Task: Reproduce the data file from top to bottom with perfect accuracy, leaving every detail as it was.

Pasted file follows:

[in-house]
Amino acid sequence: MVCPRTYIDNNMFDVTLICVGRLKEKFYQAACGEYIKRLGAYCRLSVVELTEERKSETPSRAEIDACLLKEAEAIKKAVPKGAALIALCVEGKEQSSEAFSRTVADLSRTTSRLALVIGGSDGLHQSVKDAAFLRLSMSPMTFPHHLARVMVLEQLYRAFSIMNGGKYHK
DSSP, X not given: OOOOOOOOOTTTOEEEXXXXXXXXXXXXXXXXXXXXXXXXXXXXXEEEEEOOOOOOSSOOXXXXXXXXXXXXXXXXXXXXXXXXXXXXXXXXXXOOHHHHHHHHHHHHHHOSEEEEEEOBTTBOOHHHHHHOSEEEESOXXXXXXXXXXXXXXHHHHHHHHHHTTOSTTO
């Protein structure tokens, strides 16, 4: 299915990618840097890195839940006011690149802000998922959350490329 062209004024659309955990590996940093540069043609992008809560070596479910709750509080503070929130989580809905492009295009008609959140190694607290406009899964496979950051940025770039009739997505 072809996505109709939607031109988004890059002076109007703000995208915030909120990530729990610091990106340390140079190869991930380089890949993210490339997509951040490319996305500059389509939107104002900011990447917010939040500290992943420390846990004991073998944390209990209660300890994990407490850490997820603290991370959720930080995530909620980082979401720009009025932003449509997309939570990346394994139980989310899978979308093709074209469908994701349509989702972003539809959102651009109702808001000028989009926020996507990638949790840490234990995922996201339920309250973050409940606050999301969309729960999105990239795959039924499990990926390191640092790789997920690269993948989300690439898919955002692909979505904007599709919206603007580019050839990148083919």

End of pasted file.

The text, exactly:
[in-house]
Amino acid sequence: MVCPRTYIDNNMFDVTLICVGRLKEKFYQAACGEYIKRLGAYCRLSVVELTEERKSETPSRAEIDACLLKEAEAIKKAVPKGAALIALCVEGKEQSSEAFSRTVADLSRTTSRLALVIGGSDGLHQSVKDAAFLRLSMSPMTFPHHLARVMVLEQLYRAFSIMNGGKYHK
DSSP, X not given: OOOOOOOOOTTTOEEEXXXXXXXXXXXXXXXXXXXXXXXXXXXXXEEEEEOOOOOOSSOOXXXXXXXXXXXXXXXXXXXXXXXXXXXXXXXXXXOOHHHHHHHHHHHHHHOSEEEEEEOBTTBOOHHHHHHOSEEEESOXXXXXXXXXXXXXXHHHHHHHHHHTTOSTTO
């Protein structure tokens, strides 16, 4: 299915990618840097890195839940006011690149802000998922959350490329 062209004024659309955990590996940093540069043609992008809560070596479910709750509080503070929130989580809905492009295009008609959140190694607290406009899964496979950051940025770039009739997505 072809996505109709939607031109988004890059002076109007703000995208915030909120990530729990610091990106340390140079190869991930380089890949993210490339997509951040490319996305500059389509939107104002900011990447917010939040500290992943420390846990004991073998944390209990209660300890994990407490850490997820603290991370959720930080995530909620980082979401720009009025932003449509997309939570990346394994139980989310899978979308093709074209469908994701349509989702972003539809959102651009109702808001000028989009926020996507990638949790840490234990995922996201339920309250973050409940606050999301969309729960999105990239795959039924499990990926390191640092790789997920690269993948989300690439898919955002692909979505904007599709919206603007580019050839990148083919």